Living with voices: magical realism in war-torn Iran

By 
By Lynne Rogers

Afsaneh, A Novel From Iran
By Moniru Ravanipur
Translated from the Persian by Rebecca Joubin
Ibex Publishers, 2014, pp. 211

Moniru Ravanipur introduces her protagonist, Afsaneh, as she flees in the middle of the night wearing only her orange nightgown.  In Ravinpur’s indictment of the patriarchal order, Afsaneh never finds her way back to a concrete memory of that night and only briefly alludes to her husband’s gambling debt and her subsequent shame, which precludes her seeking refuge in her father’s home.  Instead, the reader witnesses Afsaneh’s unsuccessful, yet valiant attempts to maintain a sense of professionalism as a writer and to find both a mental and domestic space in which to live in peace as a single woman in an Iran at war with Iraq. 

Afsaneh’s mental fragmentation has already firmly taken root when the novel opens. During her conversations with friends, colleagues and her intrusive landlady, she observes herself from a distance and engages internally in yet another conversation with her companions, the dictator and the horseman. These two internal characters further complicate her desperate sense of instability, as they constantly veer from protective behaviors to destructive ones.  When the Dictator begins to control her conversation, the embattled woman does remember, “At the beginning, he was not like that.  He used to be peaceful--he had wanted to start from scratch--but now he was just destroying everything in the middle of the battlefield.”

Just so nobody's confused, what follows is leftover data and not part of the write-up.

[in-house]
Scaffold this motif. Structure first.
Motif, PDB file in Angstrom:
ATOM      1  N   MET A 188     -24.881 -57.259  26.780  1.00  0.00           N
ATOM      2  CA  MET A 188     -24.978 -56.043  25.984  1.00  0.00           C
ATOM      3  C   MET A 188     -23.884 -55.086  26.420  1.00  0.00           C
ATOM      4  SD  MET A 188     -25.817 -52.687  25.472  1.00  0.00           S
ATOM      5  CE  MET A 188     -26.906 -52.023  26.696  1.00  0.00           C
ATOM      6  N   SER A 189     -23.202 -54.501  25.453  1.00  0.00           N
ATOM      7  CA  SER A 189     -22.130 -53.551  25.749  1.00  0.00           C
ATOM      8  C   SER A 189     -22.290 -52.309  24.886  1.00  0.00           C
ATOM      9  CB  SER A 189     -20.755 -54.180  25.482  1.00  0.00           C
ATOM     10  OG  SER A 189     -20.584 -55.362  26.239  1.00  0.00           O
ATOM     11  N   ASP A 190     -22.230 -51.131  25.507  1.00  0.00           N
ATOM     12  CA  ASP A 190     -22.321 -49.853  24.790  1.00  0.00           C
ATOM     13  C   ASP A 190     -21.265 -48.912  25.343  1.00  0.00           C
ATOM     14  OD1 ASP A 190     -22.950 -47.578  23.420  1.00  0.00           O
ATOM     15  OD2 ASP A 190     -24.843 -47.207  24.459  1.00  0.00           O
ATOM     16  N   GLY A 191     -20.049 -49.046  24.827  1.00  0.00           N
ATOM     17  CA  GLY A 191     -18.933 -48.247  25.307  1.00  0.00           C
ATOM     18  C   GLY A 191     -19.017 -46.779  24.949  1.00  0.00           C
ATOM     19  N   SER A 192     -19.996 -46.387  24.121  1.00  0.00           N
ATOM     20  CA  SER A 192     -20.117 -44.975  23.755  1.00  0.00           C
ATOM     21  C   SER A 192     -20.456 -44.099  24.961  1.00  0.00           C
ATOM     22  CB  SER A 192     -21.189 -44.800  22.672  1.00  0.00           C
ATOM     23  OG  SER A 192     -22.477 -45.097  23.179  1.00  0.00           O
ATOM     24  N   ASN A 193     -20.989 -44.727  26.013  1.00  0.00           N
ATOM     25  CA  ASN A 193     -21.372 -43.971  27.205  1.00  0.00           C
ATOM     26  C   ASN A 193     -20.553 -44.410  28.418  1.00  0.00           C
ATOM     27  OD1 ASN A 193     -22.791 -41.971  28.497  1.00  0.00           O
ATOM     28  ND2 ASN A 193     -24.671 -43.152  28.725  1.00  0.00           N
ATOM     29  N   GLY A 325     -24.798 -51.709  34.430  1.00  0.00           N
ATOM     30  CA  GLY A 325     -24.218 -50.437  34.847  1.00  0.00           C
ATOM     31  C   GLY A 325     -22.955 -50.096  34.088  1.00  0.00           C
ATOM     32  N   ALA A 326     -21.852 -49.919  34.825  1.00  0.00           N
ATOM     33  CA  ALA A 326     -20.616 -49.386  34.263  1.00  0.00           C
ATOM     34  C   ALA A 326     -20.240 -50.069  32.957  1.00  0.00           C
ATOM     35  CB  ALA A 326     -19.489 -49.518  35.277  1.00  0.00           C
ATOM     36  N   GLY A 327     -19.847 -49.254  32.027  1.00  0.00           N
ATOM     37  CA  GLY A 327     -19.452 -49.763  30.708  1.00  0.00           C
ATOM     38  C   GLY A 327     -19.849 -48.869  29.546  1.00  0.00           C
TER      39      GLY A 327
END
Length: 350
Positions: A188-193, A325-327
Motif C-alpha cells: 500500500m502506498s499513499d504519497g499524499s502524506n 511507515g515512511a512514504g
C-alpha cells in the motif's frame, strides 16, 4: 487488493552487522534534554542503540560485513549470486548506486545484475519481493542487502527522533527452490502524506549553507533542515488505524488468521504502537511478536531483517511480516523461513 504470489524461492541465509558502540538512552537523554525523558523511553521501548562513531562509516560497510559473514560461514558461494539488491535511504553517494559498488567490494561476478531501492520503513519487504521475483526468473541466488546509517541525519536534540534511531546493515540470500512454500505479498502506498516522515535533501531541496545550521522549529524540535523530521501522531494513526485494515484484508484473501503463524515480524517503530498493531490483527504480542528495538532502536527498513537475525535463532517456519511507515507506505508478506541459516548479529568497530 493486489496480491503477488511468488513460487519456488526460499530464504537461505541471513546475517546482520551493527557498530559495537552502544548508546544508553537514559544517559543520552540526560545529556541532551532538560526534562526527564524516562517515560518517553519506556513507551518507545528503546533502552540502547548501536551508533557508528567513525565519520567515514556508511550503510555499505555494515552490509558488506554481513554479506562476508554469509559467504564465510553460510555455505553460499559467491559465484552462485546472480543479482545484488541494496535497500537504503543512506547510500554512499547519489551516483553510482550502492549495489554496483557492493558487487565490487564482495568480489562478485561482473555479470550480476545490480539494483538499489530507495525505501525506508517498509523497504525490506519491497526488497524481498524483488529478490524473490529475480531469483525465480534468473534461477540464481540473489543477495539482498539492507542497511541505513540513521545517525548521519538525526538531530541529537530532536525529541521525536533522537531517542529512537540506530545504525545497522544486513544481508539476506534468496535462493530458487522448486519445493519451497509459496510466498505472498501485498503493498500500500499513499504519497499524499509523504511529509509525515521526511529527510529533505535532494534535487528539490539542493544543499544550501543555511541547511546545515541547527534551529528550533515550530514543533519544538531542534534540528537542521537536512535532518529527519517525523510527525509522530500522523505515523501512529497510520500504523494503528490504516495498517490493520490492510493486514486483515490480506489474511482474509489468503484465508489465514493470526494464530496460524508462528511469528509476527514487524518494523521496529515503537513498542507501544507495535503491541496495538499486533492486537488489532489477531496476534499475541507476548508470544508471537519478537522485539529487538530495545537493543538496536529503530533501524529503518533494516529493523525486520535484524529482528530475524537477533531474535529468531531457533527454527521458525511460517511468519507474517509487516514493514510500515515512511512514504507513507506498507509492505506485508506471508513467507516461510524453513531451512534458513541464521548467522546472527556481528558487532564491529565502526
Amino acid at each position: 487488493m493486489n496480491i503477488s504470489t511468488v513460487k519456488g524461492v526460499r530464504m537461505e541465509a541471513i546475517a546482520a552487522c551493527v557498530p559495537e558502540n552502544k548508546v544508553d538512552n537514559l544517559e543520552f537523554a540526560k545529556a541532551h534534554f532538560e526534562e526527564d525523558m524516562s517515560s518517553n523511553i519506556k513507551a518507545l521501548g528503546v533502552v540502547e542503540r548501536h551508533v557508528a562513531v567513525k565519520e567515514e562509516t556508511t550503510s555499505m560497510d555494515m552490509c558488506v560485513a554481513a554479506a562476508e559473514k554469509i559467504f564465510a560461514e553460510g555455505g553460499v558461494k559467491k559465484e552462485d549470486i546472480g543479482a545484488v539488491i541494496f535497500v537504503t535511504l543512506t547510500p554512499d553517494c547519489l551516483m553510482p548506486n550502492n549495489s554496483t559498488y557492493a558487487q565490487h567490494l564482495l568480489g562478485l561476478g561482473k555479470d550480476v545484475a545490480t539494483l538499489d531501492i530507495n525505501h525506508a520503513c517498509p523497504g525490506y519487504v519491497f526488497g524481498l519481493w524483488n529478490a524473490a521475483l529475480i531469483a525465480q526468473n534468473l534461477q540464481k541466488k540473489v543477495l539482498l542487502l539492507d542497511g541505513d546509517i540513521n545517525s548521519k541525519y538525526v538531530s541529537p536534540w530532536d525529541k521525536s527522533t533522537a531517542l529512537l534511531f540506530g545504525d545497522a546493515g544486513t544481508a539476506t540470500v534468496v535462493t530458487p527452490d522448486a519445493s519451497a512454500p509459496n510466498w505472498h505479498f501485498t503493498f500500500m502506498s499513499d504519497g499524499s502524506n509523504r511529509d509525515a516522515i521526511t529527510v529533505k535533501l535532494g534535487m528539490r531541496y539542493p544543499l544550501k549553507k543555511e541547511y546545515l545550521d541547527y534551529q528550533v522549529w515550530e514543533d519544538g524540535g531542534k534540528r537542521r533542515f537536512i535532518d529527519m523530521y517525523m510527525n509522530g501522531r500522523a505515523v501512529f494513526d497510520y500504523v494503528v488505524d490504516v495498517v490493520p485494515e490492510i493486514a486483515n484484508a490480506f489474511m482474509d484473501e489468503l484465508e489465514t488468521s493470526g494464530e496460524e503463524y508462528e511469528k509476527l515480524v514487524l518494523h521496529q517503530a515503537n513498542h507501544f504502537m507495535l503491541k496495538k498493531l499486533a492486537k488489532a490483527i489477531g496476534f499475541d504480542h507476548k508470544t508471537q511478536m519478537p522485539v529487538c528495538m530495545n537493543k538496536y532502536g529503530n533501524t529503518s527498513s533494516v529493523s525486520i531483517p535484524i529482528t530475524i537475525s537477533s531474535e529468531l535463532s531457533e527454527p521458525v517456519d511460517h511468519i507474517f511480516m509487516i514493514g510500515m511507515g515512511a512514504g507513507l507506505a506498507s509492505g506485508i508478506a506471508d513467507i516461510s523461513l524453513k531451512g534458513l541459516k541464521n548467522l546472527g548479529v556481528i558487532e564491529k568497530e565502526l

Afsaneh’s chorus of internal voices reflects on the political situation as the narrative wrestles with the historical literary tradition that informs the multifaceted ills of the present.  In an effort to escape one invasive landlady, Ravanipur’s protagonist finds herself in an apartment with bleeding walls which can no longer cover the closeted histories and the plethora of human needs.  While Afsaneh struggles with history and her own demons, the other characters deal with domestic violence, the after-effects of war, prescriptive drug abuse, and opium addiction.  In one of many unforgettable pictorial and psychologically vivid scenes, Afsaneh’s attempts to write are interrupted by her neighbors, two terrified, giggling virgin spinsters dressed in tattered wedding gowns, who want her to put the spirit of their deceased, cruel, and wheel chair-bound mother’s spirit into a glass. 

In a narrative coup, Afsaneh’s insanity becomes increasingly sane to the reader.  At one point, the narrator writer thinks to herself that “Tonight Shahrazad’s story would come to its close.” Yet the story does not follow suit for the reader will want to revisit this intricate novel time and again, empathically drawn to help Afsaneh find some semblance of calm, a state that may yet be achieved through a third internal voice, that of a young woman writer. 

This book review appeared in Al Jadid, Vol. 18, no. 67.

© Copyright 2014  AL JADID MAGAZINE